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Consider the 2-dimensional (plane strain) case of a linear elastic general anisotropic material. Its elasticity tensor in engineering (Voigt) notation is positive definite, and looks like: \begin{equation} C_{ij} = \begin{bmatrix} c_{11} & c_{12} & c_{13}\\ c_{21} & c_{22} & c_{23}\\ c_{31} & c_{32} & c_{33} \end{bmatrix} \end{equation} I was wondering if the condition $c_{11}c_{33}-c_{13}^2>0$ a consequence of the positive definiteness of $C_{ij}$ or a consequence of its ellipticity? I am not even sure there exist necessary conditions for ellipticity in the general anisotropic case.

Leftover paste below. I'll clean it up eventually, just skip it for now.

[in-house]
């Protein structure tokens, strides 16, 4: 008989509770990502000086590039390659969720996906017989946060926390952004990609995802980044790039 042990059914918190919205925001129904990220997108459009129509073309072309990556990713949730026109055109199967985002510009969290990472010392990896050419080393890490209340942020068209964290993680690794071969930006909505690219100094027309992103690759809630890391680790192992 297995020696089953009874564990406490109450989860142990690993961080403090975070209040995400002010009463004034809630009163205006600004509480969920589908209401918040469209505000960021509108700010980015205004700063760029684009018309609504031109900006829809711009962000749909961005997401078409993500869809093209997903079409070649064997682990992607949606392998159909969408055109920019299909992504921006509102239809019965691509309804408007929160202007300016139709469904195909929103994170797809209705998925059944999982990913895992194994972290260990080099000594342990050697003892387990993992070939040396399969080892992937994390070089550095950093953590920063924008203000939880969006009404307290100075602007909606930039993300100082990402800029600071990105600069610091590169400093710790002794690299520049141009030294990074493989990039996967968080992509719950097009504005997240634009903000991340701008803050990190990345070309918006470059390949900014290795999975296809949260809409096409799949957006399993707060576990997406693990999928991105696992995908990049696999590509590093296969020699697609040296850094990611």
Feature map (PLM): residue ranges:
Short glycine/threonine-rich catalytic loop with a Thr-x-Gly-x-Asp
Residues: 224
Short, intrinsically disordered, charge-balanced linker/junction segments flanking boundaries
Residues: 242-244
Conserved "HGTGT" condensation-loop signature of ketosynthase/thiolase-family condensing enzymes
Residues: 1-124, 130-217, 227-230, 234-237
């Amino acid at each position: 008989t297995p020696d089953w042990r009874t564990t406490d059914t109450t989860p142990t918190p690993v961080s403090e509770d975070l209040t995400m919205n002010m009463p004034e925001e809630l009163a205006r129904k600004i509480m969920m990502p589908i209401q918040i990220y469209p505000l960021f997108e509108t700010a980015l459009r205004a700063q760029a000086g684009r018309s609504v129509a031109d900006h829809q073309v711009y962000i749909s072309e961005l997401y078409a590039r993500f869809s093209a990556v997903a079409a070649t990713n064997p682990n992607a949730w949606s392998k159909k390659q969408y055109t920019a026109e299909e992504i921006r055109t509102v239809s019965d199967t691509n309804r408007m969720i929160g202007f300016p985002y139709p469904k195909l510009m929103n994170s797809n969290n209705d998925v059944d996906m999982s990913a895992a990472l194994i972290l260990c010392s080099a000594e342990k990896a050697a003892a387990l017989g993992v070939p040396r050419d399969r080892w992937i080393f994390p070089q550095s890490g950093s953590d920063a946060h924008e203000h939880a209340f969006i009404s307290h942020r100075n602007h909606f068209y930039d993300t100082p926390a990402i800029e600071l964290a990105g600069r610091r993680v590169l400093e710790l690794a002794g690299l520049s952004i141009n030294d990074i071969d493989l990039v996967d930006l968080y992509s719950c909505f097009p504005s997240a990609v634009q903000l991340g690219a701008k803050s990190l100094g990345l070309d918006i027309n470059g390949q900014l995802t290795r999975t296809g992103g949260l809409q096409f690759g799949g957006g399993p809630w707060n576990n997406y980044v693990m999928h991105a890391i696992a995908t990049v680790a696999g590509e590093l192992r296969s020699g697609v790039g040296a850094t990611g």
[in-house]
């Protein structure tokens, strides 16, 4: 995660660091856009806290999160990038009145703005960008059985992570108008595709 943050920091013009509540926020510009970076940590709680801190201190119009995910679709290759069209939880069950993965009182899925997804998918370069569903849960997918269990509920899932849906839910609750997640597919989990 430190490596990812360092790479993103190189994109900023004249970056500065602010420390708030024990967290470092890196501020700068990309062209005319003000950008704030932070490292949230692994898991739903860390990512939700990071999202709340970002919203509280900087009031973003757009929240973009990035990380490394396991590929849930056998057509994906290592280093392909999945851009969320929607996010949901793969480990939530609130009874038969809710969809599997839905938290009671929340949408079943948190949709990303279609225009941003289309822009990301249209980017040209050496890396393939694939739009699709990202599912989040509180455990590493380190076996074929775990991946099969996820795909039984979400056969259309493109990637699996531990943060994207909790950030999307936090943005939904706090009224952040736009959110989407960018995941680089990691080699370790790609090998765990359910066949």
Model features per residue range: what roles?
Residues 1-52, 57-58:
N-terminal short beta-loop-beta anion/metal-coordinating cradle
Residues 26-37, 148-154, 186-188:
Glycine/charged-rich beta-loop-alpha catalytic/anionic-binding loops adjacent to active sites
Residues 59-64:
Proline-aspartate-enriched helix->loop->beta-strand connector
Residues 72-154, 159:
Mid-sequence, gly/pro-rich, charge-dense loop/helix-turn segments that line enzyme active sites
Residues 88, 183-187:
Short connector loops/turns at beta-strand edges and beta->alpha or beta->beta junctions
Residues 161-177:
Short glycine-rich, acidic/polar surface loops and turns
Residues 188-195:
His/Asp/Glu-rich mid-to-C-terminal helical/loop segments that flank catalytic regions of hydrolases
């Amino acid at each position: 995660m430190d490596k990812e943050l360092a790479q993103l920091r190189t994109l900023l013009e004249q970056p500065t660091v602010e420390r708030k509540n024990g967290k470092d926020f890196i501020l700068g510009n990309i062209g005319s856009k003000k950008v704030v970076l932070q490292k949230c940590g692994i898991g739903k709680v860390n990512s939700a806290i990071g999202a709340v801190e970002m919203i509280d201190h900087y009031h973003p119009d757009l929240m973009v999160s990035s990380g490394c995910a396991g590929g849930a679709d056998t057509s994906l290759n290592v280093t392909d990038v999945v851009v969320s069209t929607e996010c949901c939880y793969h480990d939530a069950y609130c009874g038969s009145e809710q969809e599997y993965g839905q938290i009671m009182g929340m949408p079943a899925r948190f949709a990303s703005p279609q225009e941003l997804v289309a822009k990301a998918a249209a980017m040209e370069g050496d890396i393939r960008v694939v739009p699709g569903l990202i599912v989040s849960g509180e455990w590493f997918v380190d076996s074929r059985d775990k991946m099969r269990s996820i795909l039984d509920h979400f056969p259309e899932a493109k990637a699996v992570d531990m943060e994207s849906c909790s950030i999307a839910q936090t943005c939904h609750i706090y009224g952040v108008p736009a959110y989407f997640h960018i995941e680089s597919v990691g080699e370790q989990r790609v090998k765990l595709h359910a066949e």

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In order for the strain energy density to be positive, the elasticity tensor has to be positive definite. According to Sylvester's criterion, a necessary condition for positive definiteness is that all of the principal minors are positive. The condition you cite follows directly from the second principal minor being positive (under an appropriate symmetry operation).

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